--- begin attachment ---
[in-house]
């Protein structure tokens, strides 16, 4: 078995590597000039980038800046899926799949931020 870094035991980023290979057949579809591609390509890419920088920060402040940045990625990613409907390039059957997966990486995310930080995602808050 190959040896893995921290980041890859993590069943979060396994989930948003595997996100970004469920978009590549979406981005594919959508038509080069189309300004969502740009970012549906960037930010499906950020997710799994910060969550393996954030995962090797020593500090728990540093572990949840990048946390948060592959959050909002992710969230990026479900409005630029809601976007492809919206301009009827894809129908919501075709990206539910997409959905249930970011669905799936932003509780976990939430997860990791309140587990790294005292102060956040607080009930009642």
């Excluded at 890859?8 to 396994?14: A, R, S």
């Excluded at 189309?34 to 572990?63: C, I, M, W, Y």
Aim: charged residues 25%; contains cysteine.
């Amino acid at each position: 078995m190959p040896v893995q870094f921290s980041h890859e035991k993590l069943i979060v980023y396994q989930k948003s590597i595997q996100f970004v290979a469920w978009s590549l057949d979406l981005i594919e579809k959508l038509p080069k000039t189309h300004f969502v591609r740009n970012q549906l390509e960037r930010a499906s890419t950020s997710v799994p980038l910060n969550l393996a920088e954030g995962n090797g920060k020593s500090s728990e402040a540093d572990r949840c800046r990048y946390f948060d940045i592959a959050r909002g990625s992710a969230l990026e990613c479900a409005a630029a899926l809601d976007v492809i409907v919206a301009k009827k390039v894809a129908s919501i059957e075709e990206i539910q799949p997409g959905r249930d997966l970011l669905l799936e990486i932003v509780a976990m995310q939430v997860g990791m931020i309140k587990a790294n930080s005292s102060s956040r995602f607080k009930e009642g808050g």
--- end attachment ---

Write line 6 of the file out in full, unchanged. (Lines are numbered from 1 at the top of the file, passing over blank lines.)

């Amino acid at each position: 078995m190959p040896v893995q870094f921290s980041h890859e035991k993590l069943i979060v980023y396994q989930k948003s590597i595997q996100f970004v290979a469920w978009s590549l057949d979406l981005i594919e579809k959508l038509p080069k000039t189309h300004f969502v591609r740009n970012q549906l390509e960037r930010a499906s890419t950020s997710v799994p980038l910060n969550l393996a920088e954030g995962n090797g920060k020593s500090s728990e402040a540093d572990r949840c800046r990048y946390f948060d940045i592959a959050r909002g990625s992710a969230l990026e990613c479900a409005a630029a899926l809601d976007v492809i409907v919206a301009k009827k390039v894809a129908s919501i059957e075709e990206i539910q799949p997409g959905r249930d997966l970011l669905l799936e990486i932003v509780a976990m995310q939430v997860g990791m931020i309140k587990a790294n930080s005292s102060s956040r995602f607080k009930e009642g808050g």